• Each ARC needs to have ~1 person in Chile supporting CSV every day after that.
    • turnos longer than 8 days will not be allowed; productivity falls off.
    • Tours at least 3mo long can be done with 8+20 turno. This means 8 days at OSF, 6 days off, two regular weeks (5+2) working at JAO offices doing commissioning support work.
    • Tours less than 3 mo will do 8+x turno (8 days at OSF, x days off where x<=6). x can be <=6 so you don't have to spend all your off days in Chile. Some time on each trip needs to be spent at the JAO offices in Santiago interacting with the commissioning & ops team there, but I don't think a firm requirement has been set.
    • We'd like most NAASC staff to do some tours, but we have to overlap so there is not an increased training burden on CSV staff. Start thinking of (1) when and (2) what turno you'd prefer. I'll take some of the turno models you suggest and discuss them with CSV at our f2f meeting of the SciOps IPT in September.
    • Examples (recall, 22 days in Chile to get 15% salary bonus):
      • Minimal tour (strongly discouraged. Disallowed?): 2 (travel, SCO) + 8 (OSF) + 2 (SCO and travel home) + 6 (off, stateside)
      • 22 day tour: 2 (travel, SCO) + 8 (OSF) + 1 (off,SP) + 8 (OSF) + 3 (SCO and travel home) + 11 (off, stateside): This would be a very efficient duty cycle which would allow interaction with SCO staff at the front- and back-end of the tour (JeffMangum).
      • 3mo tour: 2 (travel, SCO) + 8 (OSF) + 2 (off, SCO) + 3 work-weeks SCO + 8 (OSF) 2 (off, SCO) + 3 work-weeks SCO + 8 (OSF) + 4 (SCO and travel home) + 14 (off, Chile or stateside)
    • People with experience (Steve at CBI, Todd at SMA) say longer than 8 day OSF tours are not unreasonable. But having a day off now and then does help. Darrel says he stays in San Pedro and drives to OSF each day. Could do this for ~3 weeks before going batty. Is this an option? What is the minimal time people have to spend in SCO?

  • ACTION: Send some suggested turno schedules to JHibbard
    • WHO: Brogan, Hunter, Indebetouw, Liszt, Remijan
    • DUE: September
    • DONE:
    • NOTES:
  • ACTION: Ask JAO/CSV if more than 8 days at OSF can be accommodated; minimal amount of time to be spent in SCO; can people stay in San Pedro during commissioning at least.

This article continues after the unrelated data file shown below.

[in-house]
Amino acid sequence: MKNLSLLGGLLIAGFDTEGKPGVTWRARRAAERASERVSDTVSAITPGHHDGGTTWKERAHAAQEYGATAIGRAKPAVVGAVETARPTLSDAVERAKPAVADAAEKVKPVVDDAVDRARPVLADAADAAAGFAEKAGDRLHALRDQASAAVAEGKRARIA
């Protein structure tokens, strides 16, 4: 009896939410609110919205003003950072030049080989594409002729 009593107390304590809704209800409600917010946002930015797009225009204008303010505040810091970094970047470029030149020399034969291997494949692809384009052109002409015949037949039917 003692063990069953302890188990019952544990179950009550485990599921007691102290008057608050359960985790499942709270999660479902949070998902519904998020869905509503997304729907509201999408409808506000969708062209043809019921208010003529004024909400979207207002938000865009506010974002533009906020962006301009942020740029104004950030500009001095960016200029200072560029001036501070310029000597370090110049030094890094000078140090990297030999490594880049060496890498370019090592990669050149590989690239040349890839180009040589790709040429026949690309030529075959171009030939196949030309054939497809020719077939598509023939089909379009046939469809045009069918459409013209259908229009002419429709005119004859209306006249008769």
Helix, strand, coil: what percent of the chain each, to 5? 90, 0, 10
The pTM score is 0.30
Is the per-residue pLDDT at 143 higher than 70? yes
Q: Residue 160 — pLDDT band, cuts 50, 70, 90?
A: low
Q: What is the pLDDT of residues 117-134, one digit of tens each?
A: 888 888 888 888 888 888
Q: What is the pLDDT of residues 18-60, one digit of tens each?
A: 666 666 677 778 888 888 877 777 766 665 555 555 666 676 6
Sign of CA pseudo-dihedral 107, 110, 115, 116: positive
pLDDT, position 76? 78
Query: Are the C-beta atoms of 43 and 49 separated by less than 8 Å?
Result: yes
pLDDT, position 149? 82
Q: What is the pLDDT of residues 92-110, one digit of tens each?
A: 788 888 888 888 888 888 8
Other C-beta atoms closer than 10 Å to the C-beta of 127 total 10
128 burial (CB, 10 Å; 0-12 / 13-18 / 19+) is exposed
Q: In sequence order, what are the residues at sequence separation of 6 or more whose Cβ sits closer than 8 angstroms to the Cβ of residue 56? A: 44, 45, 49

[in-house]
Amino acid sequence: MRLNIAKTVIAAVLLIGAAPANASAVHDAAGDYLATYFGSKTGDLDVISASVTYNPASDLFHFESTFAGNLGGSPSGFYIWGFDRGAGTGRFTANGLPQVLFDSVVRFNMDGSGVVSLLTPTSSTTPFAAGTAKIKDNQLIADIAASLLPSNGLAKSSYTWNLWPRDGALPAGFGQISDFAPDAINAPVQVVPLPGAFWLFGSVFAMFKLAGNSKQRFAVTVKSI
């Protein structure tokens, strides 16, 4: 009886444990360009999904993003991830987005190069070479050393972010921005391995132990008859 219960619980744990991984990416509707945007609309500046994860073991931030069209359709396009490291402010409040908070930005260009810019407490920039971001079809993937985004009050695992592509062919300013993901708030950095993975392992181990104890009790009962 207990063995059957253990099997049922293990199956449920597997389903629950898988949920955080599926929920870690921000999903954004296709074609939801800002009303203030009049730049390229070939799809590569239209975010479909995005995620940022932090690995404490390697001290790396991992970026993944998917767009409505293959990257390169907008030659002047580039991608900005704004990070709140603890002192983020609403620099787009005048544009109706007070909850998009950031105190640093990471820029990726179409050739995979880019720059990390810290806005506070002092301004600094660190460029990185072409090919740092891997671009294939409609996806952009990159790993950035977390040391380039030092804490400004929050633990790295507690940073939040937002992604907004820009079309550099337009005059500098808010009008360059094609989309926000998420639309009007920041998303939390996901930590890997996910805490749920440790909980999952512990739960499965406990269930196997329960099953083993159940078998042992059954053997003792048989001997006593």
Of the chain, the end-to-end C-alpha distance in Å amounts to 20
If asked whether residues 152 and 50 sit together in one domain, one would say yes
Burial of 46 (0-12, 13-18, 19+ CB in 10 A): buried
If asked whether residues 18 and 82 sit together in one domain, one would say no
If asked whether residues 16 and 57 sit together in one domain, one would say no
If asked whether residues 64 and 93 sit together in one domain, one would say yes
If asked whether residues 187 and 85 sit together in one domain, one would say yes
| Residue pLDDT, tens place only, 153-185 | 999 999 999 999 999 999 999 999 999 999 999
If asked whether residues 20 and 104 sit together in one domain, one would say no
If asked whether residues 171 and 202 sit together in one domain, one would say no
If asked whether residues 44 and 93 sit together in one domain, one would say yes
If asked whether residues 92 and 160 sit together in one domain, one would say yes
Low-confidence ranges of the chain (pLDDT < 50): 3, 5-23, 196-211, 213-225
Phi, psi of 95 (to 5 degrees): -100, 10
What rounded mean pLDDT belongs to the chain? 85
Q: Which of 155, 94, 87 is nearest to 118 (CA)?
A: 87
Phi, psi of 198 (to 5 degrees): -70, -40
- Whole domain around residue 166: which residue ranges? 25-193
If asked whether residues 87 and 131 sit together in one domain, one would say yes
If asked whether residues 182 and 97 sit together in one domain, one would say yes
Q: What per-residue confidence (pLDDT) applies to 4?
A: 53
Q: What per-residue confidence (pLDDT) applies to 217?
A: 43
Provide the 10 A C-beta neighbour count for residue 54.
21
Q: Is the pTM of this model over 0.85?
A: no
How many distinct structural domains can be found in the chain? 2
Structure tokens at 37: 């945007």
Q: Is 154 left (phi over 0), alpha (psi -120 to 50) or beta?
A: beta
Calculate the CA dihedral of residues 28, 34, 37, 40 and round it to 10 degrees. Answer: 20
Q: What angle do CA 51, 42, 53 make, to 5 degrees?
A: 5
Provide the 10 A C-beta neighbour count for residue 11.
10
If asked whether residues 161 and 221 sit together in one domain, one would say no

• WHO: Hibbard
    • DUE: September
    • DONE:
    • NOTES:

  • Reports from Working Groups
    • Software Testing
      • Pipeline testing: Report of last test is in draft stage. See CIPT->pipeline wiki
      • Offline testing: Freeze & testing for CASA beta patch 2 (for NRAO summer school tutorials in June). Details on new CASA capabilities & future development targets available in ppt presentation to NRAO Users Committee. please test as much as you can for beta patch 2
      • ObsTool. Test 5 scheduled for May. I have seen no instructions yet. Official NA testers are Deb, Jeff, Antonio & James. Unofficial testers are Al, Harvey, Todd & Dana. Test started May 21. Due by June 13
      • Casapy simulator:
      • ALMA Archive: Report from last test done and will be submitted soon.
    • Calibration Group (JeffMangum): Calibration
    • Imaging Group (AlWootten):
    • MM Calibrator/Spectral Line Databases (Tony Remijan)
        • Any news on Pre-proposal by May 25?
    • Webpages (Aaron Evans):
      • New NRAO webpage is near beta release. Fred wants NAASC to pioneer science user outreach.
    • EPO (Adams)
      • We still need revised ALMA EPO plan/staff ramp-up
      • Newsletter is now electric, goes out 1/mo. Either contribute NAASC article quarterly (when we do quarterly report), or each month have a different functional assignment area generate an article. Lets discuss after Stoke joins us.
    • NAASC Workshops (Remy)
    • Upcoming Science Meetings: (Wootten)

Additional Supporting Material

Definitions used in CSV: From ALMA Project Scientist (R. Hills) to ALMA Board:

Terminology for CSV

It has become clear that care is needed in the use of titles for the various activities that will be carried out by the Commission and Science Verification team over the next few years. Similar terminology is used by different project in different ways and this can lead to confusion and create false expectations. Here are the definitions that we are working with: